Advisor: Christina Bergey
I graduated magna cum laude with a BA in Anthropology from Boston University in Spring 2020. My undergraduate honors thesis research focused on the evolution of the olfactory sensory system in primates, particularly in strepsirrhines. I joined the Rutgers Department of Anthropology in Fall 2020.
Primate genomics, post-copulatory sexual selection, Malagasy primates, mammalian sexual diversity
I am interested in the evolution and expression of genes related to sperm form and function in lemurs. Particularly, I am interested in how these genes evolve differently in primates with different mating systems. Lemurs are of special interest because of their unique evolutionary history, and their convergent evolution of group-living multimale-multifemale and monogamous mating systems.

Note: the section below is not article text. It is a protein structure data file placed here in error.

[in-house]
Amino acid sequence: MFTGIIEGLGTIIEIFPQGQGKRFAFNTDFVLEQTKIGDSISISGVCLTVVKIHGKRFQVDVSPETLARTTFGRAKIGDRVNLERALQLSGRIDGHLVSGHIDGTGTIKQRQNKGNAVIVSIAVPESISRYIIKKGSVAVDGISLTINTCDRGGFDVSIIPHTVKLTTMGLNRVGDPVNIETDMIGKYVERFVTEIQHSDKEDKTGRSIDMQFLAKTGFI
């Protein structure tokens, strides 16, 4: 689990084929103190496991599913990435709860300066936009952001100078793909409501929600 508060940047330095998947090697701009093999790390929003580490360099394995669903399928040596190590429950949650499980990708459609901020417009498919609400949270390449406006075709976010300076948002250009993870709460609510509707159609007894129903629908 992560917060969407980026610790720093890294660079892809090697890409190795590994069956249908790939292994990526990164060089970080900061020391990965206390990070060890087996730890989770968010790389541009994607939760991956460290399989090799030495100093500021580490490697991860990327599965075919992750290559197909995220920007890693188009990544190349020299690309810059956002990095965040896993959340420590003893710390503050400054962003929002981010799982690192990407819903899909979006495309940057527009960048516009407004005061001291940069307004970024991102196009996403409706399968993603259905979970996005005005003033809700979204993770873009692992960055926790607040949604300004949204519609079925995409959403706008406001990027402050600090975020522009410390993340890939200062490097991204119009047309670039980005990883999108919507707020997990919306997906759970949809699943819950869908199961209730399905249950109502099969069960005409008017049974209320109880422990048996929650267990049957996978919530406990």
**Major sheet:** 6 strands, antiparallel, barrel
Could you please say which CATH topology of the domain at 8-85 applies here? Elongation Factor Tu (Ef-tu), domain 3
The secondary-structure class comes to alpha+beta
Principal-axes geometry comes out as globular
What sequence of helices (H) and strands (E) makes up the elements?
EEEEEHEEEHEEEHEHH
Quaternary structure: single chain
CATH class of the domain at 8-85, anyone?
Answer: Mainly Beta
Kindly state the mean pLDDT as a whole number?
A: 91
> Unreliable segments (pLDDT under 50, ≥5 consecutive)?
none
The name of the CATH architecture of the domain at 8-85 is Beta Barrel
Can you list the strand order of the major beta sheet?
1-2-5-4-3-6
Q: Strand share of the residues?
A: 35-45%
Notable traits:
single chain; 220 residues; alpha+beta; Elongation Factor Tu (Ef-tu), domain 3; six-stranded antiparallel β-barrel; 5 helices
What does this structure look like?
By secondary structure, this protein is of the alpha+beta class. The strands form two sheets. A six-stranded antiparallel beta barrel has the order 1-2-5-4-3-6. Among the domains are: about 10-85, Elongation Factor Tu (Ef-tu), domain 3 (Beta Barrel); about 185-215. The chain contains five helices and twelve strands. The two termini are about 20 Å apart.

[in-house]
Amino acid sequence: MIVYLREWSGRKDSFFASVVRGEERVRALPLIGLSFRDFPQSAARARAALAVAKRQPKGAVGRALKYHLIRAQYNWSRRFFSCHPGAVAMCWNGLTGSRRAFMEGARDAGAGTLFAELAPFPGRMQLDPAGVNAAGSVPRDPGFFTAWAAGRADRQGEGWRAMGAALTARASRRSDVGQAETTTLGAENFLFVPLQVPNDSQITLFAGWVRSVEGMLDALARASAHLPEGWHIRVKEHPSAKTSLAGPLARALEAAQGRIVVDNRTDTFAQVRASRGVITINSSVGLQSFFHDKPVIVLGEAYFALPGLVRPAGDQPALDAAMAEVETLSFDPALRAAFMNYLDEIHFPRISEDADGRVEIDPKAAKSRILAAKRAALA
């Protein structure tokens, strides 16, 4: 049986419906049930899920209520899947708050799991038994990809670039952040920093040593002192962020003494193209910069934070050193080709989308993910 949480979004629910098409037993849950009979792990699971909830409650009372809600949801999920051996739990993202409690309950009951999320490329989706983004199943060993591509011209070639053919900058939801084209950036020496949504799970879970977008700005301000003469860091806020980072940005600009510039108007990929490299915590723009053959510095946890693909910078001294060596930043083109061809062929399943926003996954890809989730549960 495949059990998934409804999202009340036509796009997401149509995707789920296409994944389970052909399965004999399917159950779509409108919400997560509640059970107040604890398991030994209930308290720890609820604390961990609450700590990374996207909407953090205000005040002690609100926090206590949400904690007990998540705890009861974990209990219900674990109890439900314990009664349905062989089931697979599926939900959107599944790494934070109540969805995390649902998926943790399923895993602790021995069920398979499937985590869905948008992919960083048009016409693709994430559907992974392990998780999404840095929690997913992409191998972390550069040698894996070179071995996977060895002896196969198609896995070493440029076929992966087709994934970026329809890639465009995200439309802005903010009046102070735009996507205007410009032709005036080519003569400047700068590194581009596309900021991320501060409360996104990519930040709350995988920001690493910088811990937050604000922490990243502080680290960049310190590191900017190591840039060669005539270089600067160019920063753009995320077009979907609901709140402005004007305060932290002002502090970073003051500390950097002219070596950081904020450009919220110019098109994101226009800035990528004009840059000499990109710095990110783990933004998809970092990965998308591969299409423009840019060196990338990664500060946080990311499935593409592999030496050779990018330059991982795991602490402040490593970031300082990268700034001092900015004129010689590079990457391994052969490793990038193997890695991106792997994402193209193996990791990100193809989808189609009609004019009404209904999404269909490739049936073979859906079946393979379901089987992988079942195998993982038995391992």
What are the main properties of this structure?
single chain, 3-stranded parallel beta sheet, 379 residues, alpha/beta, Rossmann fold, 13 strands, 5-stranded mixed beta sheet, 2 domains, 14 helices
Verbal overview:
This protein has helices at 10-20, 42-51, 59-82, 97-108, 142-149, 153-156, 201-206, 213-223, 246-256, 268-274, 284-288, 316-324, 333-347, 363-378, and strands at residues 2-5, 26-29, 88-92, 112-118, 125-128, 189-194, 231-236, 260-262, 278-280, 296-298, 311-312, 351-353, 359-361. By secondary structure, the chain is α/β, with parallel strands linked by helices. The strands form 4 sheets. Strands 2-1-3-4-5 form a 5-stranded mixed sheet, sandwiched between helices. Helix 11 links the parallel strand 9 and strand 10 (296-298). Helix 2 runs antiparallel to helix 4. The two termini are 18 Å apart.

Currently I am working on developing methods to look at differential selection in genes related to sperm form and function between primates with different mating systems. I will also be looking at whether parallel selection has targeted these genes in Malagasy primates that independently evolved group-living multimale-multifemale and monogamous mating systems from anthropoids.
I am also working on a project looking at the evolution of genes that interact with the SARS-CoV2 virus in primates, and how evolution in these genes could be implicated in SARS-CoV2 infection susceptibility.